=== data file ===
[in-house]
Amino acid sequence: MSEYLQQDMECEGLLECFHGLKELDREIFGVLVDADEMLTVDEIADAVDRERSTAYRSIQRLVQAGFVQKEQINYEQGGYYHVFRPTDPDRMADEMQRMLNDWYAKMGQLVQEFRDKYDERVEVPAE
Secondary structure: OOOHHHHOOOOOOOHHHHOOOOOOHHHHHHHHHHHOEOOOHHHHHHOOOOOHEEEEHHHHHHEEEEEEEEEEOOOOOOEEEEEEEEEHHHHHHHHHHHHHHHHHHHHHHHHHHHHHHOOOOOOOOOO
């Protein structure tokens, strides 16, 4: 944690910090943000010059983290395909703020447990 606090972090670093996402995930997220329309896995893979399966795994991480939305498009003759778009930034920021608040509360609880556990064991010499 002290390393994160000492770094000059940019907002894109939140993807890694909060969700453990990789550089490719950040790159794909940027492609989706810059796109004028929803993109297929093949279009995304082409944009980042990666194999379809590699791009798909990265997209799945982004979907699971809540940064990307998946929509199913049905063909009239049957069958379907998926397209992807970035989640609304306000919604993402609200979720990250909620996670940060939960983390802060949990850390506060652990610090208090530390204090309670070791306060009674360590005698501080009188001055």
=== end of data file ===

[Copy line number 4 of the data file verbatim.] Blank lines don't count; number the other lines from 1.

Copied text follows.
């Protein structure tokens, strides 16, 4: 944690910090943000010059983290395909703020447990 606090972090670093996402995930997220329309896995893979399966795994991480939305498009003759778009930034920021608040509360609880556990064991010499 002290390393994160000492770094000059940019907002894109939140993807890694909060969700453990990789550089490719950040790159794909940027492609989706810059796109004028929803993109297929093949279009995304082409944009980042990666194999379809590699791009798909990265997209799945982004979907699971809540940064990307998946929509199913049905063909009239049957069958379907998926397209992807970035989640609304306000919604993402609200979720990250909620996670940060939960983390802060949990850390506060652990610090208090530390204090309670070791306060009674360590005698501080009188001055």